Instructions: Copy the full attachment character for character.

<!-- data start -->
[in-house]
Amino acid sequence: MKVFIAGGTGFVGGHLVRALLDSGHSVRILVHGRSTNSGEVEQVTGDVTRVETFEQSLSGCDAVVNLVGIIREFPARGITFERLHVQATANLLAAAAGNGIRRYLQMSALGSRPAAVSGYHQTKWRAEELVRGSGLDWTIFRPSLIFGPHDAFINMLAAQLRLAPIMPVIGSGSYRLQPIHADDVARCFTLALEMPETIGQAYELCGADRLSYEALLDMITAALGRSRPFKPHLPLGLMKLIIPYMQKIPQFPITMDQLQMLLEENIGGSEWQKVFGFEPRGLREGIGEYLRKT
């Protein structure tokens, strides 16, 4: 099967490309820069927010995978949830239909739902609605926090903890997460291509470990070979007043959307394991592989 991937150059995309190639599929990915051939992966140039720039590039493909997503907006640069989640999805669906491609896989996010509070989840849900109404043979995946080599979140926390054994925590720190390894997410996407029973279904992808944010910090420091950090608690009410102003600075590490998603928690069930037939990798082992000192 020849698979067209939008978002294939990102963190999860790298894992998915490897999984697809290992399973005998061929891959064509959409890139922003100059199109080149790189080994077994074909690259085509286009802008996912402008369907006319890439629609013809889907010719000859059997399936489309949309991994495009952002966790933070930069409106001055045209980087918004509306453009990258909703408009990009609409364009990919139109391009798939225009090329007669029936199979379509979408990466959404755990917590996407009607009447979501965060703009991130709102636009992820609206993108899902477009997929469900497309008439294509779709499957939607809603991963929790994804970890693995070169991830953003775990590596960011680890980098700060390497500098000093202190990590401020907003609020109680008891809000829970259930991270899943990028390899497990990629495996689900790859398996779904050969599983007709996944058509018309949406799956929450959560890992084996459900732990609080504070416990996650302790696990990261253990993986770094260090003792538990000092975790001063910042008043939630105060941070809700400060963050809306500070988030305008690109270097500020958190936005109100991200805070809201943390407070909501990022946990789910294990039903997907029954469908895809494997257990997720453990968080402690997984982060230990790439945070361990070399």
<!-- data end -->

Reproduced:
[in-house]
Amino acid sequence: MKVFIAGGTGFVGGHLVRALLDSGHSVRILVHGRSTNSGEVEQVTGDVTRVETFEQSLSGCDAVVNLVGIIREFPARGITFERLHVQATANLLAAAAGNGIRRYLQMSALGSRPAAVSGYHQTKWRAEELVRGSGLDWTIFRPSLIFGPHDAFINMLAAQLRLAPIMPVIGSGSYRLQPIHADDVARCFTLALEMPETIGQAYELCGADRLSYEALLDMITAALGRSRPFKPHLPLGLMKLIIPYMQKIPQFPITMDQLQMLLEENIGGSEWQKVFGFEPRGLREGIGEYLRKT
């Protein structure tokens, strides 16, 4: 099967490309820069927010995978949830239909739902609605926090903890997460291509470990070979007043959307394991592989 991937150059995309190639599929990915051939992966140039720039590039493909997503907006640069989640999805669906491609896989996010509070989840849900109404043979995946080599979140926390054994925590720190390894997410996407029973279904992808944010910090420091950090608690009410102003600075590490998603928690069930037939990798082992000192 020849698979067209939008978002294939990102963190999860790298894992998915490897999984697809290992399973005998061929891959064509959409890139922003100059199109080149790189080994077994074909690259085509286009802008996912402008369907006319890439629609013809889907010719000859059997399936489309949309991994495009952002966790933070930069409106001055045209980087918004509306453009990258909703408009990009609409364009990919139109391009798939225009090329007669029936199979379509979408990466959404755990917590996407009607009447979501965060703009991130709102636009992820609206993108899902477009997929469900497309008439294509779709499957939607809603991963929790994804970890693995070169991830953003775990590596960011680890980098700060390497500098000093202190990590401020907003609020109680008891809000829970259930991270899943990028390899497990990629495996689900790859398996779904050969599983007709996944058509018309949406799956929450959560890992084996459900732990609080504070416990996650302790696990990261253990993986770094260090003792538990000092975790001063910042008043939630105060941070809700400060963050809306500070988030305008690109270097500020958190936005109100991200805070809201943390407070909501990022946990789910294990039903997907029954469908895809494997257990997720453990968080402690997984982060230990790439945070361990070399």